EOS Block Producer Community has built many tools for voting. EOS9CAT, the Block Producer Candidate, is happy to compile the most up to date list of these tools and hope this article helps you make the informed decision on what is the most suitable tool for you to cast the vote.
1. SCATTER BROWSER EXTENSION
It is not a stand-alone software and it is an only browser extension. You need to input the private key of the registered EOS account to be able to vote on EOS Portal.
For non-programmers who own a small number of tokens, this is probably the easiest way to stake their token and vote for block producers. However, you will have to import your private key while you are online, so it is critical to making sure your computer is free of the virus.
The detailed instruction is here.
In order to download the extension to Chrome, please click here.
2. EOS VOTER
This a desktop application for Windows, Mac, and Linux. It is both a wallet and a voter. If you set up your account with a password, the software will encrypt your private key for the future use, otherwise, your private key will not be saved.
EOS Voter is a limited-functionality release of a light wallet being designed for the EOS Blockchain. This application can be used to connect to a remote EOS API endpoint to perform producer voting actions and a few basic wallet commands.
A detailed instruction for installing and voting is here.
3. TOKENIKA OFFLINE VOTING
This is method is slightly harder than using Scatter, since it requires some technical understanding of the fundamental Blockchain Technology, and also requires to switch the device on and offline. It is the similar concept of using Scatter except it signs the transaction offline, which greatly reduced the risk of your private key being hacked.
This method is good for people who have large holding to vote since you will never expose your private key to the internet which greatly reduced the risk of losing your private key.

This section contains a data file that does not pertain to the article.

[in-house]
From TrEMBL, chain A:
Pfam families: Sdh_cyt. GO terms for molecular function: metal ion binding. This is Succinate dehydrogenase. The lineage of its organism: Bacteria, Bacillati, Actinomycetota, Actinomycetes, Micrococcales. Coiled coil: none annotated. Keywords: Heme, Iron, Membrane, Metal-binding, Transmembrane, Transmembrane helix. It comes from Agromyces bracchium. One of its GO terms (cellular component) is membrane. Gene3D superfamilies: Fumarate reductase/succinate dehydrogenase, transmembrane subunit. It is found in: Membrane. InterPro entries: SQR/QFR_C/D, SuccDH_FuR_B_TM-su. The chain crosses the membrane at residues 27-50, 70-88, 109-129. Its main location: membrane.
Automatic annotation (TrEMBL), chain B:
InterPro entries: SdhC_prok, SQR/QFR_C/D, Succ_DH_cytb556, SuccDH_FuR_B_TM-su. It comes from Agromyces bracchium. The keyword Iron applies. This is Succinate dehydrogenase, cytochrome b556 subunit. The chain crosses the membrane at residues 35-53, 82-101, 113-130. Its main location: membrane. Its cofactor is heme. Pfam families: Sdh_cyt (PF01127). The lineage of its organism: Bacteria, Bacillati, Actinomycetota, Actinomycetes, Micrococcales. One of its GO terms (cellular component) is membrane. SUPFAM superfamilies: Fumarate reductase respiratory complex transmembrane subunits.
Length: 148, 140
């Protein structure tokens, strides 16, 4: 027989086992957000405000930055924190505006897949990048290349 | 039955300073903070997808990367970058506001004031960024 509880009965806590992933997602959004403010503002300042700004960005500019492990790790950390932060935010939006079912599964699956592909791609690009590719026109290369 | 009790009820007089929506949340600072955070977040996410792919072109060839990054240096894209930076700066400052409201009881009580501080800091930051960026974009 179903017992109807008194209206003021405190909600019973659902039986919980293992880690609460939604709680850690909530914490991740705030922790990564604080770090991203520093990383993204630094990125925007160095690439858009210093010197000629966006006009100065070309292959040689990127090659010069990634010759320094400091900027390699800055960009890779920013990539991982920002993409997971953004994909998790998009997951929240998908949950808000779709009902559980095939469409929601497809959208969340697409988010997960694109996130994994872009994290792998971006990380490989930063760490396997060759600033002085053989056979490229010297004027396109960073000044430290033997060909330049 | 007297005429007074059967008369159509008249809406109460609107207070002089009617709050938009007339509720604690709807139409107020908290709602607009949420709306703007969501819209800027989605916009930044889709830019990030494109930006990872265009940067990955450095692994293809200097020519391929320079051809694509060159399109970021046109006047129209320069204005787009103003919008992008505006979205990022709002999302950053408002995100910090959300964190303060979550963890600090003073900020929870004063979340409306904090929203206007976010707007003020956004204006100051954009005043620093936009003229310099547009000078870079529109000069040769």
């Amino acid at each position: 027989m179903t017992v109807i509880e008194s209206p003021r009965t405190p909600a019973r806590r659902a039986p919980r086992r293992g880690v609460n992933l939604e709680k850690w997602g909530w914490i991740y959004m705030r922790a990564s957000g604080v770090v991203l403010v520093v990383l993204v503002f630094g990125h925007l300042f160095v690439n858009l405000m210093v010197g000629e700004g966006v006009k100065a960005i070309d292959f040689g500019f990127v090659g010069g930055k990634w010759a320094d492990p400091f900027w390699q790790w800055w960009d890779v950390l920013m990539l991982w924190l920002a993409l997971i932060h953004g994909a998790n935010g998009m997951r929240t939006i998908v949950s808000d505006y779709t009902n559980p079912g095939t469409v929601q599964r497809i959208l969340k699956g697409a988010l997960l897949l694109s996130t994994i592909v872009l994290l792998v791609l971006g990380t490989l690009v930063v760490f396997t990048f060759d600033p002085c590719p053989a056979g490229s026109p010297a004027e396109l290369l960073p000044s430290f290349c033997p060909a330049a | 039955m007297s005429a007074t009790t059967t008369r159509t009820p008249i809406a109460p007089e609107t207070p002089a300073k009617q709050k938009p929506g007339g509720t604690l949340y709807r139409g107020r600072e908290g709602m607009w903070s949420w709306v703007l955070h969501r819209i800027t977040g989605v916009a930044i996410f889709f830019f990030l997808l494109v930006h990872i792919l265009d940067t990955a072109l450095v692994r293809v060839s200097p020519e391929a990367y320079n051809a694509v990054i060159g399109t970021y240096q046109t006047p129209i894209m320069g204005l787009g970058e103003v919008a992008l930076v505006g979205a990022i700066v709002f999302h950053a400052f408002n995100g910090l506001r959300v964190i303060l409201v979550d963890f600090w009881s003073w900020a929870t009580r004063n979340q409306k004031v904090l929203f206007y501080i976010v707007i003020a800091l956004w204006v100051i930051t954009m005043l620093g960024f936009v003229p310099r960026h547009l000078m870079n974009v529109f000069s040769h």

A more detailed information is available here.
EOSC is a cross-platform (Windows, Mac, and Linux) command-line tool for interacting with an EOS.IO blockchain. It contains tools for voting and a Vault to securely store private keys.
It is based on the eos-go library, used in eos-bios, the tool used to launch the EOS mainnet.
This first release holds simple tools, but a whole cleos-like swiss-knife is being developed and will be released shortly after mainnet launch. Source code for most operations is already available in this repository. EOS9CATonly recommends EOSC to the advanced users who have experience with command line interface.
The detailed instruction is here.
This approach is only recommended if you are an advanced blockchain programmer. Here is the detailed instruction on how to vote using Cleso.
In conclusion, if you are holding a small amount of token, as long as make sure your computer is free of virus, the chance of your private key being hacked is slim when you are using one of those online voting tools: Scatter, EOS Voter.
If you have a large holding, the offline tool is safer to use because it reduces the risk of exposing your private key to the internet.
If you are an advanced blockchain user, feel free to use any of those tools that you are comfortable with.
Many people confuse blockchain with cryptocurrency. If you hear the word “blockchain” and a big golden coin with a capital letter “B” pop up in your head, you should pay attention to my next sentence.
CRYPTOCURRENCY IS ONLY ONE APPLICATION USING BLOCKCHAIN TECHNOLOGY.
Before I tell you blockchain is a decentralized system, let me give you an idea of a centralized system.